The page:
Inside, the S63 is a like a day spa. The massaging seats, which I used every single time I drove it, were great on a congested commute. A friend did note that the feature would scare her, because, “what if it got stuck like that?” I suppose that’s a concern, but probably not for a decade or so. The seats are infinitely adjustable, so a comfortable driving position is no problem.
Two customizable screens make up the main dash and gauges; they’re both bright and easy to read. I like that you can control them with the dial or the mouse pad. There are also redundant buttons on the suede-covered steering wheel. It has every bell and whistle you could imagine, meaning it’ll nearly drive itself. Steering assist, lane departure assist and radar cruise control will keep you out of most trouble. I tried out the night vision, pretty slick, but I’m not sure how distracting that would be in a real low-visibility situation.
It rolls down the road like buttah. Even in sport suspension mode, it just plows down the road and over bumps. It feels like it could drive through a brick wall. Steering is direct for a car of this size, maybe even a little heavy. The body doesn’t roll much, though; a quick lane change with a stamp on the throttle is very confidence inspiring.
The Bentley GT and Aston’s line both feel sportier to me than this S63. But this is the pinnacle of luxury, with a little sport thrown in. Would I personally pick it over an S550 Coupe, were money no object? Yes. Would I recommend it to someone who wants a big luxury coupe? Not unless they had LeBron James money.
ASSOCIATE EDITOR GRAHAM KOZAK: We (or maybe it’s just me) talk a lot about how old-school luxury -- luxury for luxury’s sake -- is hard to come by these days unless you’re shopping for a Rolls-Royce or Maybach.
Take, for example, a pair of old-school coupes like the Continental Mark II or the Bentley R-type Continental; add any Cadillac El Dorado into the mix if you wish. These cars were powerful and luxurious and anybody who saw you in one knew you’d capital-A Arrived. Yet marketers never felt the need to call them “dynamic,” and no one was under any illusions about driving one from the country club to the racetrack.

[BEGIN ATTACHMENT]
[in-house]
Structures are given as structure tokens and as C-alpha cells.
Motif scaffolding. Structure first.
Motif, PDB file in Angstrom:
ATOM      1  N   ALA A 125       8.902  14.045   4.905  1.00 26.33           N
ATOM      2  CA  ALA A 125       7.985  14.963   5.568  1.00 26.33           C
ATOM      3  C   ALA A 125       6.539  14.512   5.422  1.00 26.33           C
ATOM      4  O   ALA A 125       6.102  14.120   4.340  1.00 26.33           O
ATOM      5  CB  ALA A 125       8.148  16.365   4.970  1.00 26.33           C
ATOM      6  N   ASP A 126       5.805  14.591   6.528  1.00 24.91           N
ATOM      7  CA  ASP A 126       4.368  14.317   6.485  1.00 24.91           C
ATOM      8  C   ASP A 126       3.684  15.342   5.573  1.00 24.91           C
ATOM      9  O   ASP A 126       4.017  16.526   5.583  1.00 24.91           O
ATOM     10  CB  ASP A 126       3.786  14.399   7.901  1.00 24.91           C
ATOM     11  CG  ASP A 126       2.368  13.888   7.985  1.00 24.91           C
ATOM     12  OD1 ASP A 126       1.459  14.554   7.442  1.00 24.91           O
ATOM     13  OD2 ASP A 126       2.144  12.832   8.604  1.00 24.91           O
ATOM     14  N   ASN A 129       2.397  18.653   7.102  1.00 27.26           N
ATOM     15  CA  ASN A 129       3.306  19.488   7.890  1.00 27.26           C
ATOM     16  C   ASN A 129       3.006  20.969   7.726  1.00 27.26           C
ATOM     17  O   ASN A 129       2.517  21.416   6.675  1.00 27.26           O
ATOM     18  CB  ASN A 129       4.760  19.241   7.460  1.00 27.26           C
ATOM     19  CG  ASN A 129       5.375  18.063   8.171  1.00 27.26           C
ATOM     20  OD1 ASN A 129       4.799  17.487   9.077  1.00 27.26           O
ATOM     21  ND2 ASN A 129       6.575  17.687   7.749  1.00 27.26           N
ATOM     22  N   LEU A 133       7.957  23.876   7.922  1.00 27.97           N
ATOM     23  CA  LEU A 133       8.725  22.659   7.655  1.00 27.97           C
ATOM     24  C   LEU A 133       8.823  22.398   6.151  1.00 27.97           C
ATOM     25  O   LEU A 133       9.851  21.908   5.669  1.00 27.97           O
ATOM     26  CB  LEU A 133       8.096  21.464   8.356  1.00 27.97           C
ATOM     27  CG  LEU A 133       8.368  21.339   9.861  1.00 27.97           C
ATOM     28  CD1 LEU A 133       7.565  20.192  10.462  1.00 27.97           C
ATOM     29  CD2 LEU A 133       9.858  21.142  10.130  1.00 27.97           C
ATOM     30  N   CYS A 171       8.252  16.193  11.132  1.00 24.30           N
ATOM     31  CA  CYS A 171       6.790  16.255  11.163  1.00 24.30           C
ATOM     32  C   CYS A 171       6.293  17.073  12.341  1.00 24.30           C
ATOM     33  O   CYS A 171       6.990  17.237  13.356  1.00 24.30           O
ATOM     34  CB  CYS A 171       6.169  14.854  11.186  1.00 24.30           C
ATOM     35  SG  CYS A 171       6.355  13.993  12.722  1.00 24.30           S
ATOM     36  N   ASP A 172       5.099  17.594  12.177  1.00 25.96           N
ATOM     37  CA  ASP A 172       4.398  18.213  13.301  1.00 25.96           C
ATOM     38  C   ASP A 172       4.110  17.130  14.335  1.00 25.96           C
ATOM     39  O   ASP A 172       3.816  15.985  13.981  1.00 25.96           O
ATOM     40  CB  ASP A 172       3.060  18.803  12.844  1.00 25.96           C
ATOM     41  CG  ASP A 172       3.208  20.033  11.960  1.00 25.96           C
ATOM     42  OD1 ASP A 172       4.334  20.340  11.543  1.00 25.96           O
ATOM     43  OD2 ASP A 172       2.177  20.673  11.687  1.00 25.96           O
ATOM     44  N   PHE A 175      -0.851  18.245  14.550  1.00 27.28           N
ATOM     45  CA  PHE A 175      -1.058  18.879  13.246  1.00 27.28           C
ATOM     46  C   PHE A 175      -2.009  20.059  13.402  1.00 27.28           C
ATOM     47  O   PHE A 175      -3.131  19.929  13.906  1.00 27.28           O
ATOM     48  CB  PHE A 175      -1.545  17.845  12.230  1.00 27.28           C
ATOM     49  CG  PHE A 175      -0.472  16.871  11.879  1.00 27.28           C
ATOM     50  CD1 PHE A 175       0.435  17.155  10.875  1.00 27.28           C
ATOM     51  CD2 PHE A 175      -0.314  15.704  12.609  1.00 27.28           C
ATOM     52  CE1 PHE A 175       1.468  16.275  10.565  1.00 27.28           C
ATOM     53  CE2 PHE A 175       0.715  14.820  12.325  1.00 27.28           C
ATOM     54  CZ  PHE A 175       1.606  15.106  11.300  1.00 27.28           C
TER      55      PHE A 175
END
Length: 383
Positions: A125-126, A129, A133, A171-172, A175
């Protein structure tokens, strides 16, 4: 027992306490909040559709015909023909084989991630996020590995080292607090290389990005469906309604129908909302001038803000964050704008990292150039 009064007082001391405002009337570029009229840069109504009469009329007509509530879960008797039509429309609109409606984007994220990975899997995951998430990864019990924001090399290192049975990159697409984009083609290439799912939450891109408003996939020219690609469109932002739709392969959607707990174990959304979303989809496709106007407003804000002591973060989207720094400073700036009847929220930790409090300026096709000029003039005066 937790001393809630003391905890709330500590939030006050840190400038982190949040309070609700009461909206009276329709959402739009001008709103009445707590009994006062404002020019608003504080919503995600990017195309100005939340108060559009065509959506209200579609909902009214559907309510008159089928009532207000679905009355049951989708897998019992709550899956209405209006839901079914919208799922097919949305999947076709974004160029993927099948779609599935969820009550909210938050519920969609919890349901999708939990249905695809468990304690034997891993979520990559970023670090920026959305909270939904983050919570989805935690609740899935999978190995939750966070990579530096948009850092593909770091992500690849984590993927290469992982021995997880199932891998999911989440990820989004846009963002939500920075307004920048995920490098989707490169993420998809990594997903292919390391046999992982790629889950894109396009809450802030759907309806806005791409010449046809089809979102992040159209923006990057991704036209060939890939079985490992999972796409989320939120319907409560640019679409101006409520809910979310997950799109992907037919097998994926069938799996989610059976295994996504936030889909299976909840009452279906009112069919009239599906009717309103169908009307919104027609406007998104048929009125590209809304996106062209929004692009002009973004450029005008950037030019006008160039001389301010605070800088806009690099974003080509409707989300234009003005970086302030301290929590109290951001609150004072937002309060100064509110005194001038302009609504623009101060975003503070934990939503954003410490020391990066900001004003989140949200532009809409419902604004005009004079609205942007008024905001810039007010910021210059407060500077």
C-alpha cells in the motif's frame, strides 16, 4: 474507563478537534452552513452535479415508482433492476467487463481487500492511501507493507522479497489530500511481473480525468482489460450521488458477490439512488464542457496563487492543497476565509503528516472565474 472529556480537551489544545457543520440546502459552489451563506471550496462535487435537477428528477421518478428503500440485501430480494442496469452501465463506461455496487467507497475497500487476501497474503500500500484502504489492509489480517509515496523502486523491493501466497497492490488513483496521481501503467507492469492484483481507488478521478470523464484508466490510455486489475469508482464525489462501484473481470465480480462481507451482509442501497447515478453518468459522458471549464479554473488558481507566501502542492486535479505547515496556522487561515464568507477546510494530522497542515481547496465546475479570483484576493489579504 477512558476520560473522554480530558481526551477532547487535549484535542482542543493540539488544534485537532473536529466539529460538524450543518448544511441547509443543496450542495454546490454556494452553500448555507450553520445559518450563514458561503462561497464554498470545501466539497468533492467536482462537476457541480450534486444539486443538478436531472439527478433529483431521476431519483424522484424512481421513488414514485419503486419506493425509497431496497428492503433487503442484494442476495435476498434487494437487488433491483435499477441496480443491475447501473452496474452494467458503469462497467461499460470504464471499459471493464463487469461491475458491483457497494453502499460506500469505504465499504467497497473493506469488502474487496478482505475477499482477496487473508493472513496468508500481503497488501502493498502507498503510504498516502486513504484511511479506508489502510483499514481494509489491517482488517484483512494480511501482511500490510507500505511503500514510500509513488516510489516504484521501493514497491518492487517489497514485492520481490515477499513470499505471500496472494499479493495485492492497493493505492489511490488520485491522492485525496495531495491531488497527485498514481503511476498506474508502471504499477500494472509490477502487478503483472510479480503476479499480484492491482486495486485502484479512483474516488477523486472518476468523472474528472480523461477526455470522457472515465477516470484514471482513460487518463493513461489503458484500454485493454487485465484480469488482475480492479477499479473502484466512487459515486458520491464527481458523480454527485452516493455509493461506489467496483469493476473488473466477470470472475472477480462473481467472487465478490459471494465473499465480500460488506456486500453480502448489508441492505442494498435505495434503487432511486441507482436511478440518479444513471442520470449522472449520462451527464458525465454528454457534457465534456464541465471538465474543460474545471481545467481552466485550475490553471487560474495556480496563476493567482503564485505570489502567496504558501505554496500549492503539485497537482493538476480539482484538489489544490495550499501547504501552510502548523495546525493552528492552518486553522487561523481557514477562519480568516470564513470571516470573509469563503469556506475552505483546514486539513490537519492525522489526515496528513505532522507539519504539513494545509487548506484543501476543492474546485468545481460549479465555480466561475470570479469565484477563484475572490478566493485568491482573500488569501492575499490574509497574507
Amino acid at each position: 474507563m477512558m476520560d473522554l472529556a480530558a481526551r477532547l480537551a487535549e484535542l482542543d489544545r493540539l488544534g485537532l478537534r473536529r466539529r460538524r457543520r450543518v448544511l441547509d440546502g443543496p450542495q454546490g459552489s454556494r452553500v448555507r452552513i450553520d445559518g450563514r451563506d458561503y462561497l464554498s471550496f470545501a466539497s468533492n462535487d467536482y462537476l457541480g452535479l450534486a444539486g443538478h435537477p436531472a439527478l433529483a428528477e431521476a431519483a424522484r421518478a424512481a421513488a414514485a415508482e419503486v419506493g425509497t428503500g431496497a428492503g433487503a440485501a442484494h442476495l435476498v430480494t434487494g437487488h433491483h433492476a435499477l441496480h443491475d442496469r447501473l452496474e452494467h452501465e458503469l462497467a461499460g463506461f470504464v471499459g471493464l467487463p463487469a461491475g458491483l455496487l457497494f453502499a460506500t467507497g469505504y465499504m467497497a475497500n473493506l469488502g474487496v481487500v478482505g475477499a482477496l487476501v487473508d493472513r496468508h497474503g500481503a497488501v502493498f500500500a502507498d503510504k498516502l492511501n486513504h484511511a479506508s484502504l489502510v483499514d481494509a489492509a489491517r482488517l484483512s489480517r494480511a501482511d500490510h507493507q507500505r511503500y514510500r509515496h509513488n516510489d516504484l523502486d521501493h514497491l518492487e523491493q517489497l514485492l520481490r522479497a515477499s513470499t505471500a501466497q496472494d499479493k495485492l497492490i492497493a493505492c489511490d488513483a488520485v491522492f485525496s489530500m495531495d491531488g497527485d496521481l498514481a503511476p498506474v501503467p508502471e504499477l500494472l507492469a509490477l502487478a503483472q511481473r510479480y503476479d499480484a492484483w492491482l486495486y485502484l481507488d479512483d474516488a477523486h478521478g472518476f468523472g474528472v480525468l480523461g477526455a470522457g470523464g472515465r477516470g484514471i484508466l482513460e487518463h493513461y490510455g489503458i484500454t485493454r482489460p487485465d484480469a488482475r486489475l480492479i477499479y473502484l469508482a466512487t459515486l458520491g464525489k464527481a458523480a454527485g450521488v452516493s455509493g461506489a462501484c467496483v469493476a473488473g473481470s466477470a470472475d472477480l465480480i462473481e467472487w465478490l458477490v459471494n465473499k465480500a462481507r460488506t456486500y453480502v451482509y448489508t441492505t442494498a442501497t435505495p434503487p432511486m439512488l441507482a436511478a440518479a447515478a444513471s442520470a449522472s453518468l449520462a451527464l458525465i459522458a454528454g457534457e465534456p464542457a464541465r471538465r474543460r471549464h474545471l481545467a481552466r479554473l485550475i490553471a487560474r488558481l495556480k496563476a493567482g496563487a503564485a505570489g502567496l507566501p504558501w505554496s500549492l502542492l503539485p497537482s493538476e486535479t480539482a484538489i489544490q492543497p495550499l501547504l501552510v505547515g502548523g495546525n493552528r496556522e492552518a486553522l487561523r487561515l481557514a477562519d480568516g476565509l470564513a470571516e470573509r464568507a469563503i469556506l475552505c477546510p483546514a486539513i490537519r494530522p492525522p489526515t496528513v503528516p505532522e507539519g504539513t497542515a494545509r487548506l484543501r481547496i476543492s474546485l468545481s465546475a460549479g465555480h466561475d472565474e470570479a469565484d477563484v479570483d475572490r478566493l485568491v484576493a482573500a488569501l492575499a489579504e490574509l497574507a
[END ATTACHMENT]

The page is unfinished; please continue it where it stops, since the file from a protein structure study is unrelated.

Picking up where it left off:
I’m sure Mercedes couldn’t help but drop the “D” word while promoting the S-class coupe, but whoever was responsible for this program had his heart in the right place. It’s as classic and as luxurious a grand tourer as you can buy today. Maybe think of it as the German version of what a modern take on the classic Bentley Type R Continental might have been … if Bentley wasn’t owned by the Germans.
Even in S63 AMG guise, the coupe has tons of quiet presence. Nearly 2.5 tons of it, in fact. Its sheer size and fairly restrained styling mask the fact that it’s quite a sleeper. It’s also very quick. It doesn’t always feel like it, though. The car packs 557 hp, and that’s a lot, even in these horsepower-rich times.
But delivery is perhaps just a bit too drama free, especially for an AMG product. That 5.5-liter V8 under that long, long hood doesn’t make the car feel blisteringly fast (which it objectively is, if you push it) so much as insures the car never feels slow. The distinction is subtle but significant. If BMW M-cars are clunky rocket ships, this is a very smooth supersonic jet.
There’s stuff I’d change. First, that huge digital instrument cluster feels a little clunky -- not because it’s slow or has bad graphics or anything, but because it’s just kind of plunked down into an otherwise flowing dashboard. Analog dials are cooler, anyway.
I’d also make the exhaust louder. Originally, I’d have asked for stiffer suspension (even in sport mode you’re quite isolated from the road here) and more horses. An S63 AMG S, perhaps. But that’s probably overkill. This car already does everything it needs to do, and it does it with exquisite competence. Opening up those pipes a little bit would be a nice reminder that, when you’re behind the wheel of this thing, you really ought to feel like you own the road.
Options: Designo black exclusive napa leather ($3,250); Driver assistance package including Distronic Plus with steering assist, active blind spot assist, active lane keeping assist, Pre-Safe brake with pedestrian recognition, BAS Plus with cross-traffic assist and Pre-Safe Plus with rear-end collision protection ($2,800); Night View Assist Plus ($2,260); Warmth and comfort package including heated wood/leather steering wheel, heated front center armrest, heated front door armrests and heated rear seats ($1,990); AMG steering wheel with Dinamica grips ($500); Credit for AMG exclusive format (-$175).